Last week we held a second meeting to give shape to what we are calling an international research collaboratory (co-lab) on artistic activism. This is an initiative bringing together researchers from the Aoteroa/New Zealand, China, Denmark, Peru, Senegal, South Africa, Spain, the United Kingdom and the United States. Our collective objective is to generate a …
25 projects. 100 passionate people trained. And millions reached with creativity, humor, and hope: all to protect the freedom to vote. In August 2020, the Center for Artistic Activism put out an open call for creative, strategic, risk-taking projects to support voters and voting in the coming US elections. Within one week we received over …
In this interview, C4AA research fellow Sarah J Halford talks with Phoebe Davies, a social practice artist based in London. In it, Davies discusses her work on constructing social spaces that provide an environment for productive, and often difficult, conversations about politics, sex, gender, and more. She also shares her thoughts on the importance of more collaboration and thoughtful reflection in and around art and activism.
In this interview, C4AA research fellow Sarah J Halford talks with Owen Griffiths, a social practice artist based in Swansea, Wales in the UK. Griffiths shares his strategy for using art projects as tactics to enter into publicly-owned spaces. He collaborates with others to transform these spaces into beautiful and useful landscapes that are co-authored by people in the community. Ultimately, he argues that the art is used to beautify the space, create community buy-in, and keep the space in the hands of the people – rather than sold to a private corporation.
In this interview, Ben Davis, radical art critic and author of 9.5 Theses on Art and Class, talks with C4AA co-founder Stephen Duncombe about his “constructively critical” view of art’s role in activism. Davis discusses some of the trends he sees in contemporary political art and considers the realistic scope of art’s impact on change.
In this interview, C4AA co-director Steve Duncombe talks with Pam Korza about methods of evaluation in artistic activism. They consider the resistance that some artists have to quantitative evaluation, as well how we might evaluate the work from a perspective of aesthetic excellence. Korza also shares her extensive knowledge as co-director of Animating Democracy, an organization that fosters art for social change projects, and the six outcomes that she looks for when evaluating the success (or failure) of a project.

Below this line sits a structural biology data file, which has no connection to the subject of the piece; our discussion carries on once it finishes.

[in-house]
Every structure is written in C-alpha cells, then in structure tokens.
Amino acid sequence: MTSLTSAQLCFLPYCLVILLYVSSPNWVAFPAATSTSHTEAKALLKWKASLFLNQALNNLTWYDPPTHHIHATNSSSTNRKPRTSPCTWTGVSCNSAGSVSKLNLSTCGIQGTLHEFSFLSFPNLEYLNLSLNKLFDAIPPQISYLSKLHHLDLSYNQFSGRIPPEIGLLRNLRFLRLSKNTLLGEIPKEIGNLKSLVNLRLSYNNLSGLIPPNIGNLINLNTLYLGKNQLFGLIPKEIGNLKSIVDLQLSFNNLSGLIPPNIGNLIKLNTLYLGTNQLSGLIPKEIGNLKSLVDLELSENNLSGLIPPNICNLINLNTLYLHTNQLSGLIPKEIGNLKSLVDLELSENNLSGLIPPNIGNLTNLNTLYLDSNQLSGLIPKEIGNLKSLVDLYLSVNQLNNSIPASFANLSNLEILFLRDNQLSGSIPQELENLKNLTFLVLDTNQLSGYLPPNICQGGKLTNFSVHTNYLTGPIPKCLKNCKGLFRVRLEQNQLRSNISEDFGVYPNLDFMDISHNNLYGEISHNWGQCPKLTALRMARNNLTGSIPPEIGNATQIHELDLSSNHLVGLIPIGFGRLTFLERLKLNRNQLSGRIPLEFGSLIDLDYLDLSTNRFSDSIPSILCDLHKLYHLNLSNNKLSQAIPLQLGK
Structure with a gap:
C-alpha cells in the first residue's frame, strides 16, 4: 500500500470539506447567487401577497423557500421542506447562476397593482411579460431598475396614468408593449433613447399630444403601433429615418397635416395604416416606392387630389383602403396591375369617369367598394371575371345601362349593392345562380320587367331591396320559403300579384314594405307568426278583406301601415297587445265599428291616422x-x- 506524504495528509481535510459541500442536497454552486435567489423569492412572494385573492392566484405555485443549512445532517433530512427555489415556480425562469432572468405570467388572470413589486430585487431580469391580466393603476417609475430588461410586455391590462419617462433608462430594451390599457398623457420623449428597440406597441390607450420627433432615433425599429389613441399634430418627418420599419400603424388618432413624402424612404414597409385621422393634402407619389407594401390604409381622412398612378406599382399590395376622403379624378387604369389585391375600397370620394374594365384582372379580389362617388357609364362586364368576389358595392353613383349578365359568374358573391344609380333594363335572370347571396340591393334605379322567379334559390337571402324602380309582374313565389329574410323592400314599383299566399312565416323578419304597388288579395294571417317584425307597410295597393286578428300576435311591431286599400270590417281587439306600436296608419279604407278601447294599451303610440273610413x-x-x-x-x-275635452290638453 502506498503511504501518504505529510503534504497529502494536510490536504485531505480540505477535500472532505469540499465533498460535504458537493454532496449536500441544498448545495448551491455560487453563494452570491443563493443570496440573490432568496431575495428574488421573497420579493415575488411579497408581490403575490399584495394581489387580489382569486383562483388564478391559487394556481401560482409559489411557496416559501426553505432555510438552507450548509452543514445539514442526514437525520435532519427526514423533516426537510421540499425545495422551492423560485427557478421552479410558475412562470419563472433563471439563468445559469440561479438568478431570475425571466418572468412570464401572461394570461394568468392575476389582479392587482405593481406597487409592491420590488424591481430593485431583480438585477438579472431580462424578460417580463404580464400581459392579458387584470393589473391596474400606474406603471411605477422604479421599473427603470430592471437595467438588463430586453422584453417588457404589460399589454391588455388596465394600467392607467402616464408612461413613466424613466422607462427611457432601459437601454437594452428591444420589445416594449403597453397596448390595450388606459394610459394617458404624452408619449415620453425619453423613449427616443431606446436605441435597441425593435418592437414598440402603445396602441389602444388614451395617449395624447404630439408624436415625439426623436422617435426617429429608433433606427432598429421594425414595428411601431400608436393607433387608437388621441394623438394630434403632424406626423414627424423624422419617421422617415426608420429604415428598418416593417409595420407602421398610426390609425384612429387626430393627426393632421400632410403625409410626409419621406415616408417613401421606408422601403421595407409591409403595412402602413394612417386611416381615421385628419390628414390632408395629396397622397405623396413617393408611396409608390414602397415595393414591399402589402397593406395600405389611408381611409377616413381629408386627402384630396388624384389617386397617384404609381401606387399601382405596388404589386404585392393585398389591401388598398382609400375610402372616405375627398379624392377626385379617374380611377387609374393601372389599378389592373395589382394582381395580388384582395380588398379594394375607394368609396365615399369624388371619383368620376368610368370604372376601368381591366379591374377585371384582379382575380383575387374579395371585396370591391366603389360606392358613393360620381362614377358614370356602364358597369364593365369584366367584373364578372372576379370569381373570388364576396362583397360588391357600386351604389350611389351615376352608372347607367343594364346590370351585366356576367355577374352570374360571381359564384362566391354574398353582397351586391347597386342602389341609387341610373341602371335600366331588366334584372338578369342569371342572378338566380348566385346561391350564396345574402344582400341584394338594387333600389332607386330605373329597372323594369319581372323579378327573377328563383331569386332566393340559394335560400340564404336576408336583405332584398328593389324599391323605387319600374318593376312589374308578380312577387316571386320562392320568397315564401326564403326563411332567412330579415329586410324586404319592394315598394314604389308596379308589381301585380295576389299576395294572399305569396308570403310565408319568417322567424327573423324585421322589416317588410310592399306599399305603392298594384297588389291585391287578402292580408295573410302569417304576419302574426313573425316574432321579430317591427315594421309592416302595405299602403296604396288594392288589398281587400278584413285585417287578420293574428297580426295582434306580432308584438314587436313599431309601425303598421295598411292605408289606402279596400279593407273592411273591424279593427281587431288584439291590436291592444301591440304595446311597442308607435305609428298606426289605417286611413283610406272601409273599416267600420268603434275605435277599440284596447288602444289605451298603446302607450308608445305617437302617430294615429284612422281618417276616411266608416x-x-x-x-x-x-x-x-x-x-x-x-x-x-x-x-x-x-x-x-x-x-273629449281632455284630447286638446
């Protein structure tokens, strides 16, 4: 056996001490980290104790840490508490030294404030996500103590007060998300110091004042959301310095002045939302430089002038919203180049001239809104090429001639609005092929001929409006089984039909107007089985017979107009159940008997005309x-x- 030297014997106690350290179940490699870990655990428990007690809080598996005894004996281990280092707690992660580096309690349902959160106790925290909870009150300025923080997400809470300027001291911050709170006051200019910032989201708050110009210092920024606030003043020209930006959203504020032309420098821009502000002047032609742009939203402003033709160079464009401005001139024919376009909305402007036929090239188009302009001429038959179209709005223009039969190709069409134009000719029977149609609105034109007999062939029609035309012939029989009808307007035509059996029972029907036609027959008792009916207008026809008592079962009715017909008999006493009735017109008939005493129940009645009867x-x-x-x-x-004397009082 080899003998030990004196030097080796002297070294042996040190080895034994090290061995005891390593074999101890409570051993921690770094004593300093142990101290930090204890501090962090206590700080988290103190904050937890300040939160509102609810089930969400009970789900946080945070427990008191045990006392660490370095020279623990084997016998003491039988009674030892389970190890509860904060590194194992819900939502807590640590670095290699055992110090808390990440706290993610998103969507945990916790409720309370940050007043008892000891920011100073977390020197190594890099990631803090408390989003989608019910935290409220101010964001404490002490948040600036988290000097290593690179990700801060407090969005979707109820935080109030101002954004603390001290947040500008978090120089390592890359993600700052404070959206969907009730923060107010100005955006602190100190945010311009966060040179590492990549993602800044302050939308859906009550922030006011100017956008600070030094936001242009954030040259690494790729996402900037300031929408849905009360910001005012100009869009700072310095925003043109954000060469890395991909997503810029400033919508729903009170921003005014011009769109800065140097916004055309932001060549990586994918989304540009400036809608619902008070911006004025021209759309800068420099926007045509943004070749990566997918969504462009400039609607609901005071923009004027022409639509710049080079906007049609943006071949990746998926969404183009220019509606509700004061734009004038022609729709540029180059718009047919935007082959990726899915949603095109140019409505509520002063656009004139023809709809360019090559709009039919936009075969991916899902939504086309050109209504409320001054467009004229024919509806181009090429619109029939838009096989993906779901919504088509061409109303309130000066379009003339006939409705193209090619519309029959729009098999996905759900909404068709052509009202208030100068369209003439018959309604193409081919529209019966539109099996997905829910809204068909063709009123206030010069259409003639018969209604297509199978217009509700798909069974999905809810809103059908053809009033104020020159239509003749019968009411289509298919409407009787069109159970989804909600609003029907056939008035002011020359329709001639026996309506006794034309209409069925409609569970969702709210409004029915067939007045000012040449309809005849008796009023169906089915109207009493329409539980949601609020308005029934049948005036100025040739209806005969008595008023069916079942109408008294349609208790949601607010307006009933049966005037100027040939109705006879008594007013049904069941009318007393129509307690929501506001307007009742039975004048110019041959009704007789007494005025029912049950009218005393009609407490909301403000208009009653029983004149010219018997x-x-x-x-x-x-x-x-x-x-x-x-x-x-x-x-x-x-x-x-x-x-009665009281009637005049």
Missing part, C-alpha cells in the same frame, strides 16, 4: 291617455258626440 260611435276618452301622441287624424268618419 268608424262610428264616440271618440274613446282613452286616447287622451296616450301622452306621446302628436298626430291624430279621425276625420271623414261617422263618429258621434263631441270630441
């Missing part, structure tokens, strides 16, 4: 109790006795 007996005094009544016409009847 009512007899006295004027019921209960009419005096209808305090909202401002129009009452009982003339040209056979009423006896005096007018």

In this interview, C4AA co-founder Steve Duncombe talks with Marlene Ramirez-Cancio, Associate Director of Arts and Media at the Hemispheric Institute. They discuss the elusive nature of evaluating artistic activism through qualitative frameworks. What is the vocabulary for doing so? And why is that vocabulary so difficult to find? Marlene shares her thoughts on these questions and challenges arts funders to become more comfortable with metrics that measure qualities beyond material successes.
In this interview, George Perlov talks with Gan Golan, artistic activist and author of the bestselling children’s book parody “Goodnight Bush” and “The Adventures of Unemployed Man,” the critically-acclaimed graphic novel about the economic crisis. Golan discusses the importance of movement narratives and calls for artists and activists, alike, to figure out ways to measure what a movement means to the public.
In this interview, Fernando Garcia-Dory talks with C4AA student fellow Emily Bellor about his practice of incorporating art into collaborative projects for social change. They discuss his work in cooperative farming as well as the tensions that can arise when the art world meets the activist world.
In this interview, C4AA co-founder Steve Duncombe talks with Favianna Rodriguez, prolific art activist and Executive Director of CultureStrike. She shares her creative process behind the “Migration is Beautiful” butterfly, an image that has been widely adopted as a symbol of the migrant rights movement. They also discuss Rodriguez’s theory of change, which involves a strategic focus on cultural change over policy change, as she argues that policy is “the final manifestation of an idea,” that stems directly from culture.
Last year, we were able to give out grants to some of the thousand-ish C4AA workshop alumni. These artistic activists in Croatia, Ireland, The Netherlands, Germany, the UK, and Hungary created seven artistic actions to increase public engagement with the seriously problematic issues of the lack marginalized communities’ access to public health care. Throughout 2017, …
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